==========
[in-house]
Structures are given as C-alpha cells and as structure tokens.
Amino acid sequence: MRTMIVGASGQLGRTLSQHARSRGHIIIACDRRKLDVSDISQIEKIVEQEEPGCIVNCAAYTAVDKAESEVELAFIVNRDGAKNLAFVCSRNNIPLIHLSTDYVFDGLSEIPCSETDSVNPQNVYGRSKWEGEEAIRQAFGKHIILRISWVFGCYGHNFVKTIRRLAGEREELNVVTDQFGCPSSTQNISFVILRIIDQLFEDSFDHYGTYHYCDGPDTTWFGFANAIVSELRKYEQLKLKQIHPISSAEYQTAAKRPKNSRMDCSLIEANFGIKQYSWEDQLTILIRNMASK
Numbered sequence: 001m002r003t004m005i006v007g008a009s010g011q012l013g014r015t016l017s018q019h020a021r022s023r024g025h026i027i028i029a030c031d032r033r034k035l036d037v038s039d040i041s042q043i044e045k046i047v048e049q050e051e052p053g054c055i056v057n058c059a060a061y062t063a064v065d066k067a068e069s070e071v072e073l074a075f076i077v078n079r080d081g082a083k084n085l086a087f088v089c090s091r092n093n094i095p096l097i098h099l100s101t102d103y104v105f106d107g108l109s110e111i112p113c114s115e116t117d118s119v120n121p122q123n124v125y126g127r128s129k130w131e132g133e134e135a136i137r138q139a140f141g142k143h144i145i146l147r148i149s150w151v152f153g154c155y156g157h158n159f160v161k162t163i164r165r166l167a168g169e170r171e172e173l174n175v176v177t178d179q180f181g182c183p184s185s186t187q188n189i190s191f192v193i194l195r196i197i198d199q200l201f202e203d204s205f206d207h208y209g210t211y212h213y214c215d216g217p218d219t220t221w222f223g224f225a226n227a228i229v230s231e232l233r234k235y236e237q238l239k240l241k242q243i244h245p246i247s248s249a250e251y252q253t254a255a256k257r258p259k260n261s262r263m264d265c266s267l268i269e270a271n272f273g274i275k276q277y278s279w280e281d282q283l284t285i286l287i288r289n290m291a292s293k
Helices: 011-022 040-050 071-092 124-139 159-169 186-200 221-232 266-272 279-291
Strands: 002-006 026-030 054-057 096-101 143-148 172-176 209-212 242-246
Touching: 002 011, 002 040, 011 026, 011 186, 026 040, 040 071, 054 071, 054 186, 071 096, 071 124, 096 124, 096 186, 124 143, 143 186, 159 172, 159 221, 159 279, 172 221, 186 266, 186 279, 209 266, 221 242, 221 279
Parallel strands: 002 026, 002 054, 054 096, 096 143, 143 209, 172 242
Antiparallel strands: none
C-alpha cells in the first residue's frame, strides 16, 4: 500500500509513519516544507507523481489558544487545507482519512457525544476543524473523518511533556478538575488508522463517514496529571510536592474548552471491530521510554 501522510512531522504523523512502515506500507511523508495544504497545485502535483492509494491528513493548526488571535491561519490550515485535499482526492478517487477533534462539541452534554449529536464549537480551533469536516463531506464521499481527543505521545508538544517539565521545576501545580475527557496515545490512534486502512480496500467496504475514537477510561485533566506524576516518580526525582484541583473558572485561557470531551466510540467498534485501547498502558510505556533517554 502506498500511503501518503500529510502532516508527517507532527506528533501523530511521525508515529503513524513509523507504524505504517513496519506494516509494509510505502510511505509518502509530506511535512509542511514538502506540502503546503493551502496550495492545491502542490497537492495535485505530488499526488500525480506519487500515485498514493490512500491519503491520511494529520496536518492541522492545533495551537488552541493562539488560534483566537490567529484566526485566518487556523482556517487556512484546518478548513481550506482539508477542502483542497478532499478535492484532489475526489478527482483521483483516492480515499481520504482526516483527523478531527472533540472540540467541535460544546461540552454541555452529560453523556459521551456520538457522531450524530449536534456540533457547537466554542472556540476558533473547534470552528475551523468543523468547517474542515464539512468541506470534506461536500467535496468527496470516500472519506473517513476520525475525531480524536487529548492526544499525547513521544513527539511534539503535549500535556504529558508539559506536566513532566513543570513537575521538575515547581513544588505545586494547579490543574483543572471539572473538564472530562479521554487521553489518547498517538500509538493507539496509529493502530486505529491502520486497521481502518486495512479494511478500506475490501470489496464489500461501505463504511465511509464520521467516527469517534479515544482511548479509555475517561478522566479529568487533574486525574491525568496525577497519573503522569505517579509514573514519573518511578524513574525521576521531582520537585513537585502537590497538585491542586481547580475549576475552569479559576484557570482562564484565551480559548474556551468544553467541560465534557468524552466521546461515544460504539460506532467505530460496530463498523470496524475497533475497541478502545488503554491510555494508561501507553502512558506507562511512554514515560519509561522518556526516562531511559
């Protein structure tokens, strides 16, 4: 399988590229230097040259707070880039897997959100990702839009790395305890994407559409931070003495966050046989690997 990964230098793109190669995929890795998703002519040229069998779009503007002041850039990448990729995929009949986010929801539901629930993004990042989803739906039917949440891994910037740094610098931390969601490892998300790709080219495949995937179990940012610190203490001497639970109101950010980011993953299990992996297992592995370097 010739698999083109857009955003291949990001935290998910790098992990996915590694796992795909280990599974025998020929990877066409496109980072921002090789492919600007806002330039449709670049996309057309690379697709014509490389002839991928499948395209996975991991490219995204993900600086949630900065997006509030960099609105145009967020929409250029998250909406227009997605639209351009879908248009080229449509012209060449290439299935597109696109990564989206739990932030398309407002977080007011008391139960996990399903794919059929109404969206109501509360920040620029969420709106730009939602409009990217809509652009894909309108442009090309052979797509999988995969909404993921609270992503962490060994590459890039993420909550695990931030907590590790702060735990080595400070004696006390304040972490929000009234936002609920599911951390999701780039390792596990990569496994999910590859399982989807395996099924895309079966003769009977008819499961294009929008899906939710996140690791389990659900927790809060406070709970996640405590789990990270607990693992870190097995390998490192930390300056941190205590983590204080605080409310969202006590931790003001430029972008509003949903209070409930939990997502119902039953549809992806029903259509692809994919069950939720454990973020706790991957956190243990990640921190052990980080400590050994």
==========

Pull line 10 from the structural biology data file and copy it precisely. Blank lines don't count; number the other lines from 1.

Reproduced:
C-alpha cells in the first residue's frame, strides 16, 4: 500500500509513519516544507507523481489558544487545507482519512457525544476543524473523518511533556478538575488508522463517514496529571510536592474548552471491530521510554 501522510512531522504523523512502515506500507511523508495544504497545485502535483492509494491528513493548526488571535491561519490550515485535499482526492478517487477533534462539541452534554449529536464549537480551533469536516463531506464521499481527543505521545508538544517539565521545576501545580475527557496515545490512534486502512480496500467496504475514537477510561485533566506524576516518580526525582484541583473558572485561557470531551466510540467498534485501547498502558510505556533517554 502506498500511503501518503500529510502532516508527517507532527506528533501523530511521525508515529503513524513509523507504524505504517513496519506494516509494509510505502510511505509518502509530506511535512509542511514538502506540502503546503493551502496550495492545491502542490497537492495535485505530488499526488500525480506519487500515485498514493490512500491519503491520511494529520496536518492541522492545533495551537488552541493562539488560534483566537490567529484566526485566518487556523482556517487556512484546518478548513481550506482539508477542502483542497478532499478535492484532489475526489478527482483521483483516492480515499481520504482526516483527523478531527472533540472540540467541535460544546461540552454541555452529560453523556459521551456520538457522531450524530449536534456540533457547537466554542472556540476558533473547534470552528475551523468543523468547517474542515464539512468541506470534506461536500467535496468527496470516500472519506473517513476520525475525531480524536487529548492526544499525547513521544513527539511534539503535549500535556504529558508539559506536566513532566513543570513537575521538575515547581513544588505545586494547579490543574483543572471539572473538564472530562479521554487521553489518547498517538500509538493507539496509529493502530486505529491502520486497521481502518486495512479494511478500506475490501470489496464489500461501505463504511465511509464520521467516527469517534479515544482511548479509555475517561478522566479529568487533574486525574491525568496525577497519573503522569505517579509514573514519573518511578524513574525521576521531582520537585513537585502537590497538585491542586481547580475549576475552569479559576484557570482562564484565551480559548474556551468544553467541560465534557468524552466521546461515544460504539460506532467505530460496530463498523470496524475497533475497541478502545488503554491510555494508561501507553502512558506507562511512554514515560519509561522518556526516562531511559